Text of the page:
March new home sales plunged 14.5% in the United States compared to February, according to figures published by the US Census Bureau and the Department of Housing and Urban Development.
March new home sales were at a seasonally adjusted (annual) rate of 384,000, i.e. 13.3% lower than in March 2013’s estimate of 443,000.
February sales were held down by abnormally harsh winter weather conditions, which may have also dampened business in March, analysts say.
March new home sales in comparison to February:
- Fell 21.5% in the Midwest.
- Dropped 16.7% in the West.
- Declined 14.4% in the South.
- Increased 12.5% in the Northeast.
As sale prices and mortgage rates have risen over the last 12 months, affordability has become a growing problem for house buyers. According to the Census Bureau, the median price of new homes on sale in March was $290,000, i.e. $32,000 (13%) higher than in March 2013.
The market for new homes should have picked up by now, experts say.
March existing-home sales in third successive fall
Existing-home sales were “flat” in March, according to the National Association of Realtors. While sales gains were reported in the Midwest and Northeast, they were offset by falls in the South and West.
Overall, existing-house sales dropped 0.2% in March to an annual rate of 4.59 million, from 4.6 million in February, and 7.5% below 4.96 million in March 2013. March existing-home sales were the lowest since July 2012. February existing-home sales had already hit a 19-month low.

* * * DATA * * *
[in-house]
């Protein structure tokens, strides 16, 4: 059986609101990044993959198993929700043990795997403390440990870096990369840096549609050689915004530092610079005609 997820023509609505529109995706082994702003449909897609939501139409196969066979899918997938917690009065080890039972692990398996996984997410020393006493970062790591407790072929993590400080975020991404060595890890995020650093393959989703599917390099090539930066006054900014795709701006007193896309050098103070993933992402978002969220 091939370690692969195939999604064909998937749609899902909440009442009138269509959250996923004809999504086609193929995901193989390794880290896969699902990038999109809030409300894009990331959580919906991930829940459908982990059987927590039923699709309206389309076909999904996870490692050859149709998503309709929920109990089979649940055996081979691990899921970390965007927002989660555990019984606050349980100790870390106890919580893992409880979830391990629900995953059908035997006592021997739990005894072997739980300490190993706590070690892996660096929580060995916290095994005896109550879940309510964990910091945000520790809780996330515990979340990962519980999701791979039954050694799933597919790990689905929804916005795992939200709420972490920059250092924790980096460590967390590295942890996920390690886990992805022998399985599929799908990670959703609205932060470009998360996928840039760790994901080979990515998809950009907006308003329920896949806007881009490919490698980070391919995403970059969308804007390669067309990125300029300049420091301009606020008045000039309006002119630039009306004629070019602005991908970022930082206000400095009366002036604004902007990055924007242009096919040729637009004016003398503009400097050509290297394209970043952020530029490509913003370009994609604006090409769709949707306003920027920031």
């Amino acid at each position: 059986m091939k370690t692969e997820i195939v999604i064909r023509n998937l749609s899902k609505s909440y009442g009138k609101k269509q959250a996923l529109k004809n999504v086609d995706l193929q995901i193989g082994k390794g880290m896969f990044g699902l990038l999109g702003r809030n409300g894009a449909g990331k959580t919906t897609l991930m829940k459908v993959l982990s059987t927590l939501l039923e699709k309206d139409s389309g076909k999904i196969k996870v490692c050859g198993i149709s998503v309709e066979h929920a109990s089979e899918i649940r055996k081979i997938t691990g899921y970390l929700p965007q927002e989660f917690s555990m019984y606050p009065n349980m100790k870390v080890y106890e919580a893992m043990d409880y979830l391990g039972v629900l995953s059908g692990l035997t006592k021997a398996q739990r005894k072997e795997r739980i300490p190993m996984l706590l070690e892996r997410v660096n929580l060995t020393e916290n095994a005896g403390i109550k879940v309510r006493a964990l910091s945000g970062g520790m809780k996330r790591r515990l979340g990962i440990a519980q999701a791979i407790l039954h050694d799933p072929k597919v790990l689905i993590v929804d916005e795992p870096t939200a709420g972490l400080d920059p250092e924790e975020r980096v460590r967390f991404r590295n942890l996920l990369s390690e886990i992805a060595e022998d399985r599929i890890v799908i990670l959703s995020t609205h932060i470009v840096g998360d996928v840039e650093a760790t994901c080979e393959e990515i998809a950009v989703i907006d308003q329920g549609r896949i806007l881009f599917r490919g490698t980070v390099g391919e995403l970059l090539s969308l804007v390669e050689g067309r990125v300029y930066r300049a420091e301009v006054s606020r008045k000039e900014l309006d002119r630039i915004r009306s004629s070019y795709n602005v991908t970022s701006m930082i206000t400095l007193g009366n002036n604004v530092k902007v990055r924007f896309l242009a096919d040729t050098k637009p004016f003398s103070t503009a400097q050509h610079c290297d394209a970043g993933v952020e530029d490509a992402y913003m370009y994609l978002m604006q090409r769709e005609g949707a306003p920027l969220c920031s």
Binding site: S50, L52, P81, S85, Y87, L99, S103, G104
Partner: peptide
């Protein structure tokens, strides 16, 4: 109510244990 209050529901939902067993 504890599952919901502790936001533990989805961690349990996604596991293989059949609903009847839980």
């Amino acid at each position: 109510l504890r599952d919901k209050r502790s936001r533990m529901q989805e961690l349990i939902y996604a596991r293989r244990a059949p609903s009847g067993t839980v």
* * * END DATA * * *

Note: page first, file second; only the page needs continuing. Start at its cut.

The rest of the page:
According to Lawrence Yun, National Association of Realtor’s chief economist:
“There really should be stronger levels of home sales given our population growth. In contrast, price growth is rising faster than historical norms because of inventory shortages.”
Yun adds, however, that with employment growth and some weather-delayed shopping activity, home sales should accelerate, especially if inventories carry on improving and mortgage interest rates rise only slightly.
Three factors have hurt the housing market:
- Rising property prices.
- More expensive mortgages.
- Stricter lending rules for buyers.
The industry is still trying to recover from its worst crash since the Great Depression.
Bloomberg Businessweek quoted Ryan Sweet, a senior economist at Moody’s Analytics Inc. in West Chester, Pennsylvania, who said “It’s the reduction in affordability, the lack of inventory, also weak growth in median household income – all these are contributing to the sluggish recovery in housing. It’s going to raise concerns about the strength of the housing recovery, but it’s too early to be too worried.” Sweet had forecast a March new homes sales slump.
Home builder pessimism increased considerably in February; the National Association of Home Builders/Wells Fargo reported that month that confidence had plunged ten points.
Video – Poor March new home sales
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